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Keep the Kids Active to Ward Off Summer Blues

A break from hectic routines can be a good thing for anyone, including children.

But as days at home turn into weeks, boredom sets in — and the focus and concentration needed for school start to fade out.

One fun way to keep the mind sharp: exercise. Several studies have shown that physical fitness doesn’t just help the body. For kids, it can also help the brain stay in shape, improving cognitive function and expanding their memory.

But to keep the kids interested, it has to be fun. So how to turn around the late-summer stupor? Try these tips:

Tap out on the TV

Limit TV watching (and other screen time) to roughly two hours a day for teens — and less for children under age 12. Switching off the screens can help improve kids’ moods, enhance their relationships with others and perhaps ward off potential problems like anxiety, depression and inattentiveness.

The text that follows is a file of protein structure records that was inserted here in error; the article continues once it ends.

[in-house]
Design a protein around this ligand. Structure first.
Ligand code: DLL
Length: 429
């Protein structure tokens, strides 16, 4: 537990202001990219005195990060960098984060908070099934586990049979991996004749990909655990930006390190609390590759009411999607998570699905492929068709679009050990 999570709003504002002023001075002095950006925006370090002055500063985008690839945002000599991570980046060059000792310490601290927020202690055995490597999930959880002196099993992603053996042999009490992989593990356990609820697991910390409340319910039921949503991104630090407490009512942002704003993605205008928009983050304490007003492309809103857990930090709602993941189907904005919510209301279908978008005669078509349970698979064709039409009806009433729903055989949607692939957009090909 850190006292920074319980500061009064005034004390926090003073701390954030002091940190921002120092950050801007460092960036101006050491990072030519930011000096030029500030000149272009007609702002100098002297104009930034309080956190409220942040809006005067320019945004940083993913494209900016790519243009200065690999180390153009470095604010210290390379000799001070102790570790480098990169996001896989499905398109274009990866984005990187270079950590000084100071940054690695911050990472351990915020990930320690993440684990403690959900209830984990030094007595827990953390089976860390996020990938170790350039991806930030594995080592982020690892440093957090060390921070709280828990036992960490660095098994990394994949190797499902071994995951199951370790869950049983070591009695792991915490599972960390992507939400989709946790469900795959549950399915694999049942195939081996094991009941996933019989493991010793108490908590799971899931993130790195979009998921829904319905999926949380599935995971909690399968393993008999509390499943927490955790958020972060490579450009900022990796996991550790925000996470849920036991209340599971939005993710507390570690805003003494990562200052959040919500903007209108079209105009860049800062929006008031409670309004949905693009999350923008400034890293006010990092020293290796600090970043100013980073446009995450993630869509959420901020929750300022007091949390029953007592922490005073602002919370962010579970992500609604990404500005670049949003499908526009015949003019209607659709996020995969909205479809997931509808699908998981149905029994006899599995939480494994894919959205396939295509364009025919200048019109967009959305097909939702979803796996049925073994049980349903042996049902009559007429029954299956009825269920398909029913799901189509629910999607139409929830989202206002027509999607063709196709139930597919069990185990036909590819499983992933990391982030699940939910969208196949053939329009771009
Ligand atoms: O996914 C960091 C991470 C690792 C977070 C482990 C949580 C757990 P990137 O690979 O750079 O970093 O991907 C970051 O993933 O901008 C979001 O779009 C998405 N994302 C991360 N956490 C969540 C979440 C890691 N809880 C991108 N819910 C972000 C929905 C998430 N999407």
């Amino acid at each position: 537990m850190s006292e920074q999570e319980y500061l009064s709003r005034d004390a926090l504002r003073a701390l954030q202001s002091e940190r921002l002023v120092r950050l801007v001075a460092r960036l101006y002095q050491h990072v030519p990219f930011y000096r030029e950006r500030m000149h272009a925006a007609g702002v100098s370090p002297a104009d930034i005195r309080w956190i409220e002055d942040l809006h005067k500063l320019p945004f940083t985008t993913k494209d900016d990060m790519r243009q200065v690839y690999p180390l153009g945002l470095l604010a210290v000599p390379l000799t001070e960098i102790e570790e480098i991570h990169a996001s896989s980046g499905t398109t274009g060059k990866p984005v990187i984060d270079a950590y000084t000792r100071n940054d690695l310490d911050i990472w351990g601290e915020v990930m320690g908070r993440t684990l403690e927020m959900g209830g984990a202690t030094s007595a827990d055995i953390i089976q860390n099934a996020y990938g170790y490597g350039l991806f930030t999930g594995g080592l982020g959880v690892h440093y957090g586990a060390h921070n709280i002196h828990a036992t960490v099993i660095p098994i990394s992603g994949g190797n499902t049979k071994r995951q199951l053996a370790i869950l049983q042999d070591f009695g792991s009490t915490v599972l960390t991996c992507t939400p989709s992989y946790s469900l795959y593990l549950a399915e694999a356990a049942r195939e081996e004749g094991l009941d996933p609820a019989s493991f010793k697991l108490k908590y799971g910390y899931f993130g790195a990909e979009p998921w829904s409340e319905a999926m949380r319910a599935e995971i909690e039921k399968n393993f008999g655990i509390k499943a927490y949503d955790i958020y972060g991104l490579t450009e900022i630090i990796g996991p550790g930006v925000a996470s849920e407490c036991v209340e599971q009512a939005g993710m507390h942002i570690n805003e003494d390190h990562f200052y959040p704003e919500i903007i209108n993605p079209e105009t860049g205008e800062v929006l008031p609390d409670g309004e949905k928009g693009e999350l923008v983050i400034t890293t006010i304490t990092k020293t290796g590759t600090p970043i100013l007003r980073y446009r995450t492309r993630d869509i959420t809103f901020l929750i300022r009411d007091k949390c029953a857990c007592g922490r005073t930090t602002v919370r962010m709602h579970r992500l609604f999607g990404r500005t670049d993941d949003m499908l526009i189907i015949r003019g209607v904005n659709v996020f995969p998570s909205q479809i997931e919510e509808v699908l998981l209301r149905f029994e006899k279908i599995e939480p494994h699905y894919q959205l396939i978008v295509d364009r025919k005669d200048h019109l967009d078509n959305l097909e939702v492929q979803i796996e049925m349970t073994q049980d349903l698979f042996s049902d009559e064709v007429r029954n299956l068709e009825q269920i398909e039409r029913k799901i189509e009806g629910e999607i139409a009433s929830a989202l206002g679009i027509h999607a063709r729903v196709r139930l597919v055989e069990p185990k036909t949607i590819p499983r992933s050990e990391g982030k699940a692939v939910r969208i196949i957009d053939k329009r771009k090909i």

Instead, have your kids earn their leisure time by having them do jumping jacks or sit-ups during commercials. If there are multiple children present, have them play Simon Says or Duck, Duck, Goose.

Family games, for the win

Video games can be fun but, again, moderation is key. The American Association of Pediatrics recommends parents keep TV sets and other internet devices out of kids rooms. They also recommend making a family media plan with reasonable but firm rules to limit gaming time.

If your kids are interested in video games, get them off the couch by purchasing active, movement based games like Cranium Hullabaloo, which is a fast-paced version of Twister.

Get active together!

Does your family time revolve around watching TV together? Being together is good but being active together is better. Staying fit as a family helps children feel more comfortable with an active lifestyle, which can help them build healthy habits for life.

Modify your routine with activities like walking together in the park, playing basketball or tennis, or swimming.

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